Max von Baden (1867-1929) was a German royal, military officer and politician who served briefly as chancellor in the first days of the Weimar Republic.
Baden was born in the south-western resort town of Baden-Baden. He was a minor royal, the son of Prince Wilhelm Max and a cousin of the French emperor Napoleon III.
Educated in his hometown and Leipzig, Baden studid law and administration before joining the Prussian military. He remained in the army for more than 25 years, reaching the rank of major-general before retiring in 1911.
Baden returned to the military on the outbreak of World War I, serving as a staff officer. Troubled both by the war and his own role in it, Baden returned home in October 1914.
For the rest of the conflict, Baden devoted himself to charitable and humanitarian relief, particularly for prisoners-of-war. He was also critical of Germany’s war strategy, particularly its resumption of unrestricted submarine warfare in 1917.
On October 3rd 1918, with the collapse of Kaiser Wilhelm‘s government imminent, Baden was plucked from obscurity and appointed German chancellor, replacing Georg von Hertling.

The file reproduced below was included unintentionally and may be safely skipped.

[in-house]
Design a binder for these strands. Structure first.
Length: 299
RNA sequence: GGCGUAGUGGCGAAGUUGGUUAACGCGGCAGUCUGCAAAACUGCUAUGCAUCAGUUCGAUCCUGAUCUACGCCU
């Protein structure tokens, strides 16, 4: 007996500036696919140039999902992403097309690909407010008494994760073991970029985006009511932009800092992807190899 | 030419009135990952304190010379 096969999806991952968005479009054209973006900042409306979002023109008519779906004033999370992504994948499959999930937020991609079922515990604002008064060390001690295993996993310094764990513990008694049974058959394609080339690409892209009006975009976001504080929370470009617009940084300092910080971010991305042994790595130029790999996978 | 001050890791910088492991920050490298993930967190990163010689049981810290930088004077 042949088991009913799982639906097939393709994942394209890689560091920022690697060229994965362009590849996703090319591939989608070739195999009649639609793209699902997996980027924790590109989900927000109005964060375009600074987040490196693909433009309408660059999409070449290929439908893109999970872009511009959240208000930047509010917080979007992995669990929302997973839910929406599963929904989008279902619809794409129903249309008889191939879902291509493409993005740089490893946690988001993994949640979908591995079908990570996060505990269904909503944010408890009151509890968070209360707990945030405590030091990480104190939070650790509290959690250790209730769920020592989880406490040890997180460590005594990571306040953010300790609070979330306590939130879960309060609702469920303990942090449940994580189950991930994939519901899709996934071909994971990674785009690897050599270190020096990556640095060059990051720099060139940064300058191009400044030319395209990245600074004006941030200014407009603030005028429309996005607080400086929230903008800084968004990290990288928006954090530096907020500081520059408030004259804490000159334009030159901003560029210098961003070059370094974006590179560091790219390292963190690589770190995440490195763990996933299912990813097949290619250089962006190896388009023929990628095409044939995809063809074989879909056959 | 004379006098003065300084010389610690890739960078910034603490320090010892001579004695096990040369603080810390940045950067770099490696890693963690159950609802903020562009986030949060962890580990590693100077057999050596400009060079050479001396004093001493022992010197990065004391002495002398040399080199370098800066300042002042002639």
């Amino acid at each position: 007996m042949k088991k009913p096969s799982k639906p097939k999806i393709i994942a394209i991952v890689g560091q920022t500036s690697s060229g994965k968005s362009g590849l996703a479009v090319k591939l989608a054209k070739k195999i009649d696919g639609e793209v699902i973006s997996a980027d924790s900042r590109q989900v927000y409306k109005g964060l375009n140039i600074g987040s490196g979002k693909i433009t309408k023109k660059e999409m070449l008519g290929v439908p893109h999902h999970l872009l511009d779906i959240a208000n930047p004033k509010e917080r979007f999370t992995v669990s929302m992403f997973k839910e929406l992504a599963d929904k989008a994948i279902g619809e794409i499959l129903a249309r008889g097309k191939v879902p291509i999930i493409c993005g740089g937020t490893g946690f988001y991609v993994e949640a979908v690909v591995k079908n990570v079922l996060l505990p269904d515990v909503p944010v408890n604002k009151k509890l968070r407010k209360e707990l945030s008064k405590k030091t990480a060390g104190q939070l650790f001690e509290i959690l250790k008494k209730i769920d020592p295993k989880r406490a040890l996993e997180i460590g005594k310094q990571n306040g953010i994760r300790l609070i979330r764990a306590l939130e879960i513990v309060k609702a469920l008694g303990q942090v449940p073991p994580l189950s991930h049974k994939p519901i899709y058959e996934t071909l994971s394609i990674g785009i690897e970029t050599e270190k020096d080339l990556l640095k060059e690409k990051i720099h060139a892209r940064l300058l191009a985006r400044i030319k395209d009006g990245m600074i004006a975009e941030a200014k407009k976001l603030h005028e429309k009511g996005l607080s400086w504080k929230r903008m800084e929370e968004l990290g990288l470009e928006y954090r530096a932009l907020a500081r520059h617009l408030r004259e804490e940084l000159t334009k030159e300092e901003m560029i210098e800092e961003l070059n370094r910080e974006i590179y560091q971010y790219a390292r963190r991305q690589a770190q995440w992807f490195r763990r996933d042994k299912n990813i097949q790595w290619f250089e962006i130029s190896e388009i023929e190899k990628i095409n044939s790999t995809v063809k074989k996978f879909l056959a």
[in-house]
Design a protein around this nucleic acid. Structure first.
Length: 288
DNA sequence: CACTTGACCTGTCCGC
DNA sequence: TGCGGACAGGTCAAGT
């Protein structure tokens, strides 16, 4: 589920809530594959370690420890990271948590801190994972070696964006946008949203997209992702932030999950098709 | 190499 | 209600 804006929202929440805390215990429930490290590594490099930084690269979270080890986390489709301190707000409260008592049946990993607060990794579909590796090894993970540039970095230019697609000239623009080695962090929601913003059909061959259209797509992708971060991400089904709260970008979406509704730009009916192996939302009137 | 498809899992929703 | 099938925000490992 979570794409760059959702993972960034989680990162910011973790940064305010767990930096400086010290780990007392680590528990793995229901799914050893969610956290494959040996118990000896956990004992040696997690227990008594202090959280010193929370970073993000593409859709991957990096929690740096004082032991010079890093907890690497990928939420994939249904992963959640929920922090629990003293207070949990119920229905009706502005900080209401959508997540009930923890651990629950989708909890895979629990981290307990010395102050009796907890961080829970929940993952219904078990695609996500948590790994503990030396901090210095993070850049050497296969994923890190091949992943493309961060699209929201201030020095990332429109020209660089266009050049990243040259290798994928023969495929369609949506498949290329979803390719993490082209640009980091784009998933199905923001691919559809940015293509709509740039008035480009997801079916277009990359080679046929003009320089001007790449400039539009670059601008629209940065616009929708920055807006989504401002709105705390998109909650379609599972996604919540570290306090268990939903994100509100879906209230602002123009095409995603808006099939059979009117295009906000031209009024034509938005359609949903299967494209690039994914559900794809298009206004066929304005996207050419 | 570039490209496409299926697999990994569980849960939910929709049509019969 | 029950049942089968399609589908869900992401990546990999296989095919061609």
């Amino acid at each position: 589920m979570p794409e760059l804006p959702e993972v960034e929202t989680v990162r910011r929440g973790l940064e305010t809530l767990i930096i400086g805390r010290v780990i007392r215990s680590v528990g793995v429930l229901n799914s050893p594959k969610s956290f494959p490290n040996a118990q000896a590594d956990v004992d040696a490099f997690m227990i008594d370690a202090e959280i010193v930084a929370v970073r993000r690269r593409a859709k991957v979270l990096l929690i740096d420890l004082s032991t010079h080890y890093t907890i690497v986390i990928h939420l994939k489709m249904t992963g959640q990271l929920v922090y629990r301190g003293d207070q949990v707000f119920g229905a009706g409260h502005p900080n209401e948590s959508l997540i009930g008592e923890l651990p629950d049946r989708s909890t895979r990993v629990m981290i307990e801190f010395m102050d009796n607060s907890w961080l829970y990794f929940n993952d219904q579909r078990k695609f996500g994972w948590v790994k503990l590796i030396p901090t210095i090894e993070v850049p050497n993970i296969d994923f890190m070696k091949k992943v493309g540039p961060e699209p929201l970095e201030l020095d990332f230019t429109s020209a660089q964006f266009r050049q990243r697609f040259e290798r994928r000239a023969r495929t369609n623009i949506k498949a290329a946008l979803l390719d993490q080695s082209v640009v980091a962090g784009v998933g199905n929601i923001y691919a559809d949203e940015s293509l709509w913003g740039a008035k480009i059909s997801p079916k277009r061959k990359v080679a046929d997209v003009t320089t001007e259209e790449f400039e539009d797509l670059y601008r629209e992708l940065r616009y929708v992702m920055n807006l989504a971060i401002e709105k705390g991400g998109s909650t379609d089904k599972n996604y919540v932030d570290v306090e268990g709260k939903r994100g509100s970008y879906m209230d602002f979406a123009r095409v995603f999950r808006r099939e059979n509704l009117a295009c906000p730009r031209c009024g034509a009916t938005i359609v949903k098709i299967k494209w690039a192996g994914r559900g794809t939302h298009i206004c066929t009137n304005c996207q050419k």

Baden had never held national office or sat in the Reichstag and most Germans had never heard of him. His humanitarian work was well known, however, and his appointment was meant to convince the Allies that Germany was embarking on political liberalisation.
Baden was no democratic reformer, however. He came to office seeking to preserve the monarchy rather than abolish it. The threat of a communist revolution quickly changed his views and by mid-October, Baden was encouraging the Kaiser to consider abdication. His other significant actions included dismissing Erich Ludendorff and approaching the United States to seek an armistice and peace negotiations.
On November 9th, after weeks of seeking unsuccessfully seeking Wilhelm II’s abdication, Baden announced it anyway, without the Kaiser’s knowledge or endorsement. He resigned the chancellorship on the same day, passing it to Friedrich Ebert.
Baden refused an invitation into the transitional National Assembly and retired to his native duchy to open a boarding school. He died in November 1929.